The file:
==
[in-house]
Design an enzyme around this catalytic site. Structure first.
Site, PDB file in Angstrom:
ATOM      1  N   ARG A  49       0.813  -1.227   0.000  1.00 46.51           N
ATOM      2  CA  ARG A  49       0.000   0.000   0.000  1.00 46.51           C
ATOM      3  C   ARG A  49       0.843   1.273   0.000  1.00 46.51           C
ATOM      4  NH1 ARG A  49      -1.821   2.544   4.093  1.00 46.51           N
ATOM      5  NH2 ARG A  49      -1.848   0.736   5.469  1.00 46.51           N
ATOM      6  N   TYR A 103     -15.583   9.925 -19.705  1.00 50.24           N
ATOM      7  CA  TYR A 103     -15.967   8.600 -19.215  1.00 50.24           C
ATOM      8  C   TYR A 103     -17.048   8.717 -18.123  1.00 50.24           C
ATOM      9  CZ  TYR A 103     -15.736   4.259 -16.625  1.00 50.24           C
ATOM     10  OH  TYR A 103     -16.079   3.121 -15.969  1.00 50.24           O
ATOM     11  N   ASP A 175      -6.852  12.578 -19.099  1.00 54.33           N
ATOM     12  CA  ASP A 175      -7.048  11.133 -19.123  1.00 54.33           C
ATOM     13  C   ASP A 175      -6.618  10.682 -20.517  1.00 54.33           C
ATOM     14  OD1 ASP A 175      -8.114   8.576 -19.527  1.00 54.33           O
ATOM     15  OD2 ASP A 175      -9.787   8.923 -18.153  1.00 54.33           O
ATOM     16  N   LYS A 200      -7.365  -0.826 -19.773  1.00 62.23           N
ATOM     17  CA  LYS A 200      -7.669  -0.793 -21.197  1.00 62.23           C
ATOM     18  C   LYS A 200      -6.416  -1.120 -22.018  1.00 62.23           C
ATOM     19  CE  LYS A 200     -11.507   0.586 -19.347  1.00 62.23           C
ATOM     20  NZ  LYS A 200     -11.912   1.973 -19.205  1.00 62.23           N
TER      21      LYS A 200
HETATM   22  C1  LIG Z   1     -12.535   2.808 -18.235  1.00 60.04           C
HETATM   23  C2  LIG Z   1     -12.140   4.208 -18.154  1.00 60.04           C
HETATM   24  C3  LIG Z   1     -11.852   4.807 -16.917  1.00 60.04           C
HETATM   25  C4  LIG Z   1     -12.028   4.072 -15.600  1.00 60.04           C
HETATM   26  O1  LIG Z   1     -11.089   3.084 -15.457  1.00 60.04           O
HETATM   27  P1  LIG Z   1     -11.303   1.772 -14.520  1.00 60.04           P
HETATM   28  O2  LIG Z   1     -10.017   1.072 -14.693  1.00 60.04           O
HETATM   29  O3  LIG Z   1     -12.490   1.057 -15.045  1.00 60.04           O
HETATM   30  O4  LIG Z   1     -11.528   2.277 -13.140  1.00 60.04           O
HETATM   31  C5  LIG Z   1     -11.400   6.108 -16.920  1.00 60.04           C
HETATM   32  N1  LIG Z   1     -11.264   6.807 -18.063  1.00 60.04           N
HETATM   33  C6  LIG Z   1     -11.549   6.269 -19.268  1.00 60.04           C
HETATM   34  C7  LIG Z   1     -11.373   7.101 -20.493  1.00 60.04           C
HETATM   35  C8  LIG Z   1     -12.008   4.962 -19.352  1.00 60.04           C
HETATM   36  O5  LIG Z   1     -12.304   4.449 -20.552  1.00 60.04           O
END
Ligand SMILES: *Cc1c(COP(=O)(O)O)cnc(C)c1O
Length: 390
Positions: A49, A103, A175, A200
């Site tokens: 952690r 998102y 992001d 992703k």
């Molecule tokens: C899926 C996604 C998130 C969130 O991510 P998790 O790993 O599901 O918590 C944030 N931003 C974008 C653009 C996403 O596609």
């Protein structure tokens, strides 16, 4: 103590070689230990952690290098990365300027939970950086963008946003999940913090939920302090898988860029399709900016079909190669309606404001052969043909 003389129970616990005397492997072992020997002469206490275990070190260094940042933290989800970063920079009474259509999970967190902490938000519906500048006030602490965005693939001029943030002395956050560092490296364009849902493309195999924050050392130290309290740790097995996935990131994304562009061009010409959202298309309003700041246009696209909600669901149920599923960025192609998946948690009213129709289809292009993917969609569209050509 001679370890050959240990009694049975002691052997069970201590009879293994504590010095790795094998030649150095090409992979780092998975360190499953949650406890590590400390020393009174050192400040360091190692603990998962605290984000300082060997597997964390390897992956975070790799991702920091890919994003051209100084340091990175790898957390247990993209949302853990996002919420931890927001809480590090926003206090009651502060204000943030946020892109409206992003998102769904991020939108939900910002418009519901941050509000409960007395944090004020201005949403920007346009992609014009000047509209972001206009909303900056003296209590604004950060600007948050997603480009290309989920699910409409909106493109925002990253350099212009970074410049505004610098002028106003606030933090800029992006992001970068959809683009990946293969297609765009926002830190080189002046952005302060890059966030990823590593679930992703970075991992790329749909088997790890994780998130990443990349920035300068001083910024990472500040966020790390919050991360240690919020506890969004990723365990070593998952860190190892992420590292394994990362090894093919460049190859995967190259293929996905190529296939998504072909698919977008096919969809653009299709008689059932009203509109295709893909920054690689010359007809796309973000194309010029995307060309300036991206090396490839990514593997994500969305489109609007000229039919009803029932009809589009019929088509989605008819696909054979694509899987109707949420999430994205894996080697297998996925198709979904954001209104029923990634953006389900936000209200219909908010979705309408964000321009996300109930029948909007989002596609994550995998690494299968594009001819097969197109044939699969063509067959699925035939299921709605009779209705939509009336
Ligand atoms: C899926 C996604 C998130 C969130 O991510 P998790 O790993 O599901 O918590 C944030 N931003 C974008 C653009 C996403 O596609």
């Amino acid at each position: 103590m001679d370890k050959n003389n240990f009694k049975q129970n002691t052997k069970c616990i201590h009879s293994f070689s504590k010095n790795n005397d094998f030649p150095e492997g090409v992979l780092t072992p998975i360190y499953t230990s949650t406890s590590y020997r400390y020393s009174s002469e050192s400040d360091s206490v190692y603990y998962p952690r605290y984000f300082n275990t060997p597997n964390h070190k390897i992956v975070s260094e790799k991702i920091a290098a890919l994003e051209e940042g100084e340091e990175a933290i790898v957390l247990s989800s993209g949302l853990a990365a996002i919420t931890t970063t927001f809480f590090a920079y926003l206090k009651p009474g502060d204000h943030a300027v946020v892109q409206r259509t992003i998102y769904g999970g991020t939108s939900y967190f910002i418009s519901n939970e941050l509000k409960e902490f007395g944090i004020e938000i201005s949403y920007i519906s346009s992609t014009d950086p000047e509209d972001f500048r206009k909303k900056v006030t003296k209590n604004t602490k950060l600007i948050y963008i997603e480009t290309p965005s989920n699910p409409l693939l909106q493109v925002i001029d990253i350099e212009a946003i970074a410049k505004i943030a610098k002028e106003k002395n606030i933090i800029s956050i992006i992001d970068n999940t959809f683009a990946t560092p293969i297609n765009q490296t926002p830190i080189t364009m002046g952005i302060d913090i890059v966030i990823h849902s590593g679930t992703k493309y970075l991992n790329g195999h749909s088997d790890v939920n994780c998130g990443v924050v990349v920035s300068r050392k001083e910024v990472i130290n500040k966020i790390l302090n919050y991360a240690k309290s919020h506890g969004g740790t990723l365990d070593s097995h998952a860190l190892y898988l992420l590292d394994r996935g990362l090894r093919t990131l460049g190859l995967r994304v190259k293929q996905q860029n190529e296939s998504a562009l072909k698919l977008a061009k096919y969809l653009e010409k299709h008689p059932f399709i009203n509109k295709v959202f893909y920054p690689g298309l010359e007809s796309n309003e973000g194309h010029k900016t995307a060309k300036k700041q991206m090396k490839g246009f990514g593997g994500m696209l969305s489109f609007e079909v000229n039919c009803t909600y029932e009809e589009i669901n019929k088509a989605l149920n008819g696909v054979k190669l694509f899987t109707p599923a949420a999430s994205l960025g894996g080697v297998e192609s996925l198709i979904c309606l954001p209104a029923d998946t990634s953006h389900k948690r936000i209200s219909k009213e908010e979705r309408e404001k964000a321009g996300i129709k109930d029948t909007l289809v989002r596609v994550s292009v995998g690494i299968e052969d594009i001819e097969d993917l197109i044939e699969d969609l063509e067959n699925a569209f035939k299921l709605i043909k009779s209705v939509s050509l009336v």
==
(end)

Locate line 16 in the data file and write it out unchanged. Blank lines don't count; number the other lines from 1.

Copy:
ATOM     13  C   ASP A 175      -6.618  10.682 -20.517  1.00 54.33           C